January 14, 2021 - 13:13 AMT
PanARMENIAN.Net - Archaeologists have discovered the world’s oldest known cave painting: a life-sized picture of a wild pig that was made at least 45,500 years ago in Indonesia, The Guardian reports.
The finding, described in the journal Science Advances on Wednesday, January 13 provides the earliest evidence of human settlement of the region.
The Leang Tedongnge cave is located in a remote valley enclosed by sheer limestone cliffs, about an hour’s walk from the nearest road. It is only accessible during the dry season because of flooding during the wet season – and members of the isolated Bugis community told the team it had never before been seen by westerners.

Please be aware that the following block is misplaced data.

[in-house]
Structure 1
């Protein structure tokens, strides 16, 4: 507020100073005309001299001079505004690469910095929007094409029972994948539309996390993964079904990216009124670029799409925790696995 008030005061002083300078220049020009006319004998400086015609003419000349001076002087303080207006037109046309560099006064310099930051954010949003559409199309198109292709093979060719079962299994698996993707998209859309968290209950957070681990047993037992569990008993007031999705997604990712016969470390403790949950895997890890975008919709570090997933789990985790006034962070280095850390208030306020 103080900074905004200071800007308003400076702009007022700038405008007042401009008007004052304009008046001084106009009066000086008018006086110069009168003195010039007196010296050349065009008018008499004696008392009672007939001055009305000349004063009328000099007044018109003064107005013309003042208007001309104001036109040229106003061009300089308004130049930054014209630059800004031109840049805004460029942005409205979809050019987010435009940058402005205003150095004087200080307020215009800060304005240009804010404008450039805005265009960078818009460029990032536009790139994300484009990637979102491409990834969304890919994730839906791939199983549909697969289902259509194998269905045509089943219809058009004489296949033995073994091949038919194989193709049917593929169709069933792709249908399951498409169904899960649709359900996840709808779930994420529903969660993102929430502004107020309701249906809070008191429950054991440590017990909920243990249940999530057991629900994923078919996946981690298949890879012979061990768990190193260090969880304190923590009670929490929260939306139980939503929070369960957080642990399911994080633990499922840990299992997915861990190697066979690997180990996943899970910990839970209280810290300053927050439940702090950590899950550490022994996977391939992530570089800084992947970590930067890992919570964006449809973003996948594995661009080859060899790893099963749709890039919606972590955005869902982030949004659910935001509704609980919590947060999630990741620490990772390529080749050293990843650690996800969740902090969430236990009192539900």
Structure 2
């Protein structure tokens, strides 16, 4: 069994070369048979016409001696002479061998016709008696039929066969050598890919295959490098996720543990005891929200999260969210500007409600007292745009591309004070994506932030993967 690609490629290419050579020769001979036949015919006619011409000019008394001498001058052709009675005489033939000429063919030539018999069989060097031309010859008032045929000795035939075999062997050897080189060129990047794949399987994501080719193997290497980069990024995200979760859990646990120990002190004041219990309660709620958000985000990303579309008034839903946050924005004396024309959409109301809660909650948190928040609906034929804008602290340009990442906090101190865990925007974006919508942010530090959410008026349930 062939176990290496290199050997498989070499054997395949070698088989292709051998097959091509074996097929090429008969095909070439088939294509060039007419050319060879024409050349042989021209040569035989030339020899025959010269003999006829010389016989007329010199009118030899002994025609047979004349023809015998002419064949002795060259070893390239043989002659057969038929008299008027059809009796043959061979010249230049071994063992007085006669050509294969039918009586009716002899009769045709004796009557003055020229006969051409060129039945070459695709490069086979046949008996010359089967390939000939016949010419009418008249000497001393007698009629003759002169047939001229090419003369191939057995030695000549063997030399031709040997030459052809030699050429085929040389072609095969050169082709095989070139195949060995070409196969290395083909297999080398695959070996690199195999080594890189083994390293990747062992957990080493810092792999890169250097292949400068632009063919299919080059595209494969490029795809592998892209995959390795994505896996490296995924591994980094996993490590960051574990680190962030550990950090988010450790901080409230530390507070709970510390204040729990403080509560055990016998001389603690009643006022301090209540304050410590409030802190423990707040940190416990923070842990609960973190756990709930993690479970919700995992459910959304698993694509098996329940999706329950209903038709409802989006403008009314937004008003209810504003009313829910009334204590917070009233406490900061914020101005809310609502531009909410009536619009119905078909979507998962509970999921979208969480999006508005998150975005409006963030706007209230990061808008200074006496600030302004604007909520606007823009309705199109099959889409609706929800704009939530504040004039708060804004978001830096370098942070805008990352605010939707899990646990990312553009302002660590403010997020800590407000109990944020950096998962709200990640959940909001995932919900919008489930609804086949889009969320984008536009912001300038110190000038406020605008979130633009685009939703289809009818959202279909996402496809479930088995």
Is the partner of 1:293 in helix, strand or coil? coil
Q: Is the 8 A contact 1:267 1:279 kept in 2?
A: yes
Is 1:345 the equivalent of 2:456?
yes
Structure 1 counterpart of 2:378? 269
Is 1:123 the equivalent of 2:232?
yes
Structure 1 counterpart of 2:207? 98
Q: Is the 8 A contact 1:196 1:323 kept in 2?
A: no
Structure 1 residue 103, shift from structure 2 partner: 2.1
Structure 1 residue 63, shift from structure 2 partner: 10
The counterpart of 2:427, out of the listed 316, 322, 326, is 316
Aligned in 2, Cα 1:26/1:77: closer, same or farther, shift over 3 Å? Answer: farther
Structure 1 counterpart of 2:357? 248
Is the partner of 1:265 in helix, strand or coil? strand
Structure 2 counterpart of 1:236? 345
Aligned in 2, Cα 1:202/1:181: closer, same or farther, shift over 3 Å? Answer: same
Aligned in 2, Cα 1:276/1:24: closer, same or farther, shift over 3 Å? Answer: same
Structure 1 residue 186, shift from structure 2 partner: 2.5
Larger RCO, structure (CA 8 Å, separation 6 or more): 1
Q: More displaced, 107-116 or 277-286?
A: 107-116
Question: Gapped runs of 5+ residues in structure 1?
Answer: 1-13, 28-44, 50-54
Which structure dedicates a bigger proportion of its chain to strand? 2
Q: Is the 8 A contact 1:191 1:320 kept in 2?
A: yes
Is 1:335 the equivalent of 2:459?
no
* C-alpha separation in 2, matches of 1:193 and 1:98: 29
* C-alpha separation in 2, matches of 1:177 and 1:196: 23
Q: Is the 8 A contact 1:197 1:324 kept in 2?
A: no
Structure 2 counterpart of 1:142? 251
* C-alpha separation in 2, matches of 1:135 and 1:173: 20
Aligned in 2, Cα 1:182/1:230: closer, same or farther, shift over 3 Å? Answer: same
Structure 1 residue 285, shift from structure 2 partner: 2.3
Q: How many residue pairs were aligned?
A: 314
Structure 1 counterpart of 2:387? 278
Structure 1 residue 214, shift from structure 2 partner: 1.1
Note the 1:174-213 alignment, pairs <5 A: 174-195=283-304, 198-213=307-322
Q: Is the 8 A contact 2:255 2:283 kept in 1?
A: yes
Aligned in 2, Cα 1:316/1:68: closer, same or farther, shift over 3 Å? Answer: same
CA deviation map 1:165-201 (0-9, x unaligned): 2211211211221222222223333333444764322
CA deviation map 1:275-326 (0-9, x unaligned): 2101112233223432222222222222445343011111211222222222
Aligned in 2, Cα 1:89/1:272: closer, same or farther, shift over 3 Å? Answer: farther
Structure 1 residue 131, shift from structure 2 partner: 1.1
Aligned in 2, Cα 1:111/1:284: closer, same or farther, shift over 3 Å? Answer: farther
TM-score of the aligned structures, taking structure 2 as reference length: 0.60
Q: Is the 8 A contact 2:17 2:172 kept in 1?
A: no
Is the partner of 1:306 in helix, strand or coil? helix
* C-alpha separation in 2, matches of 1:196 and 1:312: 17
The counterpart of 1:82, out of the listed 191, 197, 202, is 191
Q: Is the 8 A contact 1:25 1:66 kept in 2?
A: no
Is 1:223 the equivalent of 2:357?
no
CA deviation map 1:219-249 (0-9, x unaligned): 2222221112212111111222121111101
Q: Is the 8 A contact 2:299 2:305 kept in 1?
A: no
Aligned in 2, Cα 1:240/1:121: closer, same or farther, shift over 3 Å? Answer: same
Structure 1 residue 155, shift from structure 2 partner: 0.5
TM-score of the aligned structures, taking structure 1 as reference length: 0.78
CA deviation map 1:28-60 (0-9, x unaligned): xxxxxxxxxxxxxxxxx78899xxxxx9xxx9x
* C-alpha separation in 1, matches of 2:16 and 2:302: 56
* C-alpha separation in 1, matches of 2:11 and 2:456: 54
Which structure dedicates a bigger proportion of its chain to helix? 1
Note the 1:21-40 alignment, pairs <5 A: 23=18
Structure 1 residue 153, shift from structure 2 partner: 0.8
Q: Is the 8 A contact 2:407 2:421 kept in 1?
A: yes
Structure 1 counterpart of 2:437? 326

Measuring 136cm by 54cm (53in by 21in), the Sulawesi warty pig was painted using dark red ochre pigment and has a short crest of upright hair, as well as a pair of horn-like facial warts characteristic of adult males of the species.
There are two hand prints above the pig’s hindquarters, and it appears to be facing two other pigs that are only partially preserved, as part of a narrative scene.
“The pig appears to be observing a fight or social interaction between two other warty pigs,” said co-author Adam Brumm.
Humans have hunted Sulawesi warty pigs for tens of thousands of years, and they are a key feature of the region’s prehistoric artwork, particularly during the ice age.